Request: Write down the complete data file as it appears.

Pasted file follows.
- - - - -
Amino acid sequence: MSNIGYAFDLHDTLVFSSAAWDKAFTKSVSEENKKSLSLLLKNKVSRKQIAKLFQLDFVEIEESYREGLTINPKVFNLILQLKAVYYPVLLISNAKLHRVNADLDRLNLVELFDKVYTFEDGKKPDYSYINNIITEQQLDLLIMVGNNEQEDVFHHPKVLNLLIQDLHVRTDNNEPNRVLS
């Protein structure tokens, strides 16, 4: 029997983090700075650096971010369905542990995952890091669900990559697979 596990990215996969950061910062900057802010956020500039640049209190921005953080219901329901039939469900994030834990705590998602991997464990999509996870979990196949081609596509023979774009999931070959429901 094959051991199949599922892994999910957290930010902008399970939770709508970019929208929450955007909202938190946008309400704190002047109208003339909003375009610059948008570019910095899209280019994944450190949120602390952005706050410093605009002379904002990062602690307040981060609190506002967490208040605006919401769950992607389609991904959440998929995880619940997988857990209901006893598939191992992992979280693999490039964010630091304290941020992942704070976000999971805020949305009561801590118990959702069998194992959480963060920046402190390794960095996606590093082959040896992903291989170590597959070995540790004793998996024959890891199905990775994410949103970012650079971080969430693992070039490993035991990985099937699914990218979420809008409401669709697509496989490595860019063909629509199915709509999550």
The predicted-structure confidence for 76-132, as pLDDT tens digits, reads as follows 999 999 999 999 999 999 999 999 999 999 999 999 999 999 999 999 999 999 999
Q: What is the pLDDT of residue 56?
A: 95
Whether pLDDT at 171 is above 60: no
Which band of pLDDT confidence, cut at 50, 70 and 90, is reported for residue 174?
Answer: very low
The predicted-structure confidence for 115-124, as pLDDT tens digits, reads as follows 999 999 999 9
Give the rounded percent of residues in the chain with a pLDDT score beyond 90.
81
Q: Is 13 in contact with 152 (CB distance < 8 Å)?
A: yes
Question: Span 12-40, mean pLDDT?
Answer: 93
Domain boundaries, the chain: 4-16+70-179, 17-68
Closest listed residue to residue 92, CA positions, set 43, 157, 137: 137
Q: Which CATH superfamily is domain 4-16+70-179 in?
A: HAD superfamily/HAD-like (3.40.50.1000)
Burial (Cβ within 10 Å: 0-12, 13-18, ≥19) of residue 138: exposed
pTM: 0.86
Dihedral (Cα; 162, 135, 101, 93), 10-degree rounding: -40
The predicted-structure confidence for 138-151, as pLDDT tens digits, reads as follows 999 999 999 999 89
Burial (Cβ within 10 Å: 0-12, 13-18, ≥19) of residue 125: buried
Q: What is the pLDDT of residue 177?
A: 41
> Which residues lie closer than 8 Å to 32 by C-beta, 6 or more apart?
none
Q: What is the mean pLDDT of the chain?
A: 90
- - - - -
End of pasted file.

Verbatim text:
Amino acid sequence: MSNIGYAFDLHDTLVFSSAAWDKAFTKSVSEENKKSLSLLLKNKVSRKQIAKLFQLDFVEIEESYREGLTINPKVFNLILQLKAVYYPVLLISNAKLHRVNADLDRLNLVELFDKVYTFEDGKKPDYSYINNIITEQQLDLLIMVGNNEQEDVFHHPKVLNLLIQDLHVRTDNNEPNRVLS
């Protein structure tokens, strides 16, 4: 029997983090700075650096971010369905542990995952890091669900990559697979 596990990215996969950061910062900057802010956020500039640049209190921005953080219901329901039939469900994030834990705590998602991997464990999509996870979990196949081609596509023979774009999931070959429901 094959051991199949599922892994999910957290930010902008399970939770709508970019929208929450955007909202938190946008309400704190002047109208003339909003375009610059948008570019910095899209280019994944450190949120602390952005706050410093605009002379904002990062602690307040981060609190506002967490208040605006919401769950992607389609991904959440998929995880619940997988857990209901006893598939191992992992979280693999490039964010630091304290941020992942704070976000999971805020949305009561801590118990959702069998194992959480963060920046402190390794960095996606590093082959040896992903291989170590597959070995540790004793998996024959890891199905990775994410949103970012650079971080969430693992070039490993035991990985099937699914990218979420809008409401669709697509496989490595860019063909629509199915709509999550």
The predicted-structure confidence for 76-132, as pLDDT tens digits, reads as follows 999 999 999 999 999 999 999 999 999 999 999 999 999 999 999 999 999 999 999
Q: What is the pLDDT of residue 56?
A: 95
Whether pLDDT at 171 is above 60: no
Which band of pLDDT confidence, cut at 50, 70 and 90, is reported for residue 174?
Answer: very low
The predicted-structure confidence for 115-124, as pLDDT tens digits, reads as follows 999 999 999 9
Give the rounded percent of residues in the chain with a pLDDT score beyond 90.
81
Q: Is 13 in contact with 152 (CB distance < 8 Å)?
A: yes
Question: Span 12-40, mean pLDDT?
Answer: 93
Domain boundaries, the chain: 4-16+70-179, 17-68
Closest listed residue to residue 92, CA positions, set 43, 157, 137: 137
Q: Which CATH superfamily is domain 4-16+70-179 in?
A: HAD superfamily/HAD-like (3.40.50.1000)
Burial (Cβ within 10 Å: 0-12, 13-18, ≥19) of residue 138: exposed
pTM: 0.86
Dihedral (Cα; 162, 135, 101, 93), 10-degree rounding: -40
The predicted-structure confidence for 138-151, as pLDDT tens digits, reads as follows 999 999 999 999 89
Burial (Cβ within 10 Å: 0-12, 13-18, ≥19) of residue 125: buried
Q: What is the pLDDT of residue 177?
A: 41
> Which residues lie closer than 8 Å to 32 by C-beta, 6 or more apart?
none
Q: What is the mean pLDDT of the chain?
A: 90